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Opinion \ Willy Calderon

MLS should make play for Suker.

LONDON (Monday, April 24, 2000) -- Much has been written recently about Major League Soccer signing a Mexican player with "superstar" status. Presumably it will cost the league a bundle, but the league apparently feels the investment is worth the risk given the large contingent of Mexican-Americans in MLS cities.

However, there is another superstar that will be available in less than a month and he will cost nothing in transfer fees. Reliable reports out of London this week state that Davor Suker is on his way out at Arsenal. The Croatian international will be allowed to leave on a free transfer at the end of the Premier League season in May.

The 32-year-old striker will be coming up on an option year of his contract which Arsenal is reluctant to pick up. The club already has powerful weapons up front including Dennis Bergkamp, Thierry Henry, and Nwanku Kanu, and are making a strong move in obtaining Europe's most sought-after striker, PSV Eindhoven's Ruud van Nistelrooy. With so many weapons up front, the club feels it has the luxury of letting Suker go.

Many will remember that Suker was the top scorer at the World Cup in France '98. His six goals helped lead Croatia to a surprise third-place finish, including a 3-0 upset of Germany. His thunderous left foot was legendary in Spain after successful seasons with Real Madrid, even though he found himself on the bench during the club's run at the European Cup in 1998.

He has since enjoyed moderate success in the Premiere League, scoring 11 goals despite only 14 starts this season.

Interestingly, while Suker was being shopped around by Real Madrid last summer, a report revealed that MLS made an ambitious for his services. The story, which originally appeared on CNN, stated that he would have been shipped to the Metrostars as its major allocation.

However, he eventually signed with Arsenal and has spent much of the season on the bench.

Getting a superstar like Suker represents a wonderful opportunity for MLS. It would be another boost to an already impressive list of allocations this season. Like any Mexican superstar, he would be a draw anywhere he went, particularly in the Midwest. Attendance would likely increase, especially in areas like Chicago where there is an estimated 300,000 Croatian-Americans.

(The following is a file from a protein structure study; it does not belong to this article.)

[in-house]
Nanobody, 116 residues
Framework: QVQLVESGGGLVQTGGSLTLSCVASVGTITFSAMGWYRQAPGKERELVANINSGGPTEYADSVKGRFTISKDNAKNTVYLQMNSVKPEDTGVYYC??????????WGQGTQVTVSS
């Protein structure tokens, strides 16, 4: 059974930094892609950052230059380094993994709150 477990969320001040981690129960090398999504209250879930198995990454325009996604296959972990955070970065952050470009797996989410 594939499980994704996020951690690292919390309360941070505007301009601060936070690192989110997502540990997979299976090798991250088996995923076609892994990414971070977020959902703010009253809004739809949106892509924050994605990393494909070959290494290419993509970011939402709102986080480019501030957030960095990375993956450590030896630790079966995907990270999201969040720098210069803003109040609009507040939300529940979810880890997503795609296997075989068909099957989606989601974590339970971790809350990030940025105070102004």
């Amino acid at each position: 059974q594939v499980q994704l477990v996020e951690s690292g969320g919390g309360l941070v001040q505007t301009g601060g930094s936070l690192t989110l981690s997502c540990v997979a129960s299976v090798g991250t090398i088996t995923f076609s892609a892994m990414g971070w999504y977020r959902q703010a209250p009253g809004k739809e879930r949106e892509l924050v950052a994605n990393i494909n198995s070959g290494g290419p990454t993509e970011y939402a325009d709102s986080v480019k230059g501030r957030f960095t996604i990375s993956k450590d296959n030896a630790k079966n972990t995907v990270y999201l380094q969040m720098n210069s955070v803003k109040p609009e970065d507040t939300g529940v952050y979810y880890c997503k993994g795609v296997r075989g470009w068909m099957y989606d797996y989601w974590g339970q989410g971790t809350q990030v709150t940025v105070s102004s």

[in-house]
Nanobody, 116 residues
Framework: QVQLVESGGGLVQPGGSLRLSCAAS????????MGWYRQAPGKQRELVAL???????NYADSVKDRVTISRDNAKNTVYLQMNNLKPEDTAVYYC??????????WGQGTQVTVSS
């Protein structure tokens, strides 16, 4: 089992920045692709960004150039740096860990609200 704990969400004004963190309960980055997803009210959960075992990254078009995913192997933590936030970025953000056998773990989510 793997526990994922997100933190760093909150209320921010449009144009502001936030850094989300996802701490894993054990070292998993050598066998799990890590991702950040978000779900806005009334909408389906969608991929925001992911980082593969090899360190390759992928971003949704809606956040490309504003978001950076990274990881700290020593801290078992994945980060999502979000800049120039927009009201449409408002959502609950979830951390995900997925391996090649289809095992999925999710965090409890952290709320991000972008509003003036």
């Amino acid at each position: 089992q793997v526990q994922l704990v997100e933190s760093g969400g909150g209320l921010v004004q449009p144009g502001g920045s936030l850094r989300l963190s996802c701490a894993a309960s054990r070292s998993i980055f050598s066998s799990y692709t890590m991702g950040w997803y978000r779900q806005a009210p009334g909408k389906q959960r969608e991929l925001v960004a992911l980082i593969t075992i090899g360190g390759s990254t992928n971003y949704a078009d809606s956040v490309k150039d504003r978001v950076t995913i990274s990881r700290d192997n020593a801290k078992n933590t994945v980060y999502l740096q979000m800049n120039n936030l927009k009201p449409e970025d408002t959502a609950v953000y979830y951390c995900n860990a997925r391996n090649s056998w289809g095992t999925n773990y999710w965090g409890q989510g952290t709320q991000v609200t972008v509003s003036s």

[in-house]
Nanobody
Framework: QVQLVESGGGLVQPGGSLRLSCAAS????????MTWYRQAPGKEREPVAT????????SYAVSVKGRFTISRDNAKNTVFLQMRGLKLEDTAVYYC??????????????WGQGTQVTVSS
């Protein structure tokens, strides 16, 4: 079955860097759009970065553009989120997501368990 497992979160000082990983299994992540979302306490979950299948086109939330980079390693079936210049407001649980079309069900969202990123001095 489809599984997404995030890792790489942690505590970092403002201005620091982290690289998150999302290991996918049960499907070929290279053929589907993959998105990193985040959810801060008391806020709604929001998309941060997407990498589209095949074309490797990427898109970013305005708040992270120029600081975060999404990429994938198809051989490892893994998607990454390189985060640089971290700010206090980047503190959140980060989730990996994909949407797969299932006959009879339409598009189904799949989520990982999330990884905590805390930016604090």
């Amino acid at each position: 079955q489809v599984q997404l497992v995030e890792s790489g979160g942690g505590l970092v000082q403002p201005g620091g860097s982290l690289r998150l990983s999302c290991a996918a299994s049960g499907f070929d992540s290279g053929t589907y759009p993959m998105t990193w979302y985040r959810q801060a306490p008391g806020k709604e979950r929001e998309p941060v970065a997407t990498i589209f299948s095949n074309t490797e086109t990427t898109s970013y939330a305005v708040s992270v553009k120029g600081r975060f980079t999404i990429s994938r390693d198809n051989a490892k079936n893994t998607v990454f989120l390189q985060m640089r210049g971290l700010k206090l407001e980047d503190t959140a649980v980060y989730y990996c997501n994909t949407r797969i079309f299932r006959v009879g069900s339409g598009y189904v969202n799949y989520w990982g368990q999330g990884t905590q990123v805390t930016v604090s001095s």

Pundits may criticize a move for a striker who is 32 years of age, but Suker has proven in his limited time at Arsenal that he still has the knack of scoring spectacular goals. Just ask Sunderland goalkeeper Tomas Sorensen.

In a Premier League match in January between Arsenal and Sunderland, Suker terrorized the keeper all day. In the 27th minute of the match, he collected a ball on the left wing from about 30 yards out and, from the acutest of angles, hooked a dipping shot into the far right corner that left Sorensen spellbound. Suker went on to score again and assist on a third goal.

Money shouldn't be a problem with Suker, especially when comparing Arsenal's strict wage scale with what the league is paying 39-year-old Lothar Matthaeus. The trouble would be to convince him to leave European soccer behind. He has been quoted as saying that he would prefer to stay in London. But with the work MLS has done with recent international signings, it is not impossibility.

While this may be little more than a pipe dream, the league shouldn't count itself out when it comes to signing top-tier players like Suker. If it gives up on such players without trying, then it will have to settle for second- and third-tier players like many second-division clubs in Europe. Like the old cliche says, "nothing ventured, nothing gained."

Willy Calderon, an American living in Bristol, England, can be e-mailed at

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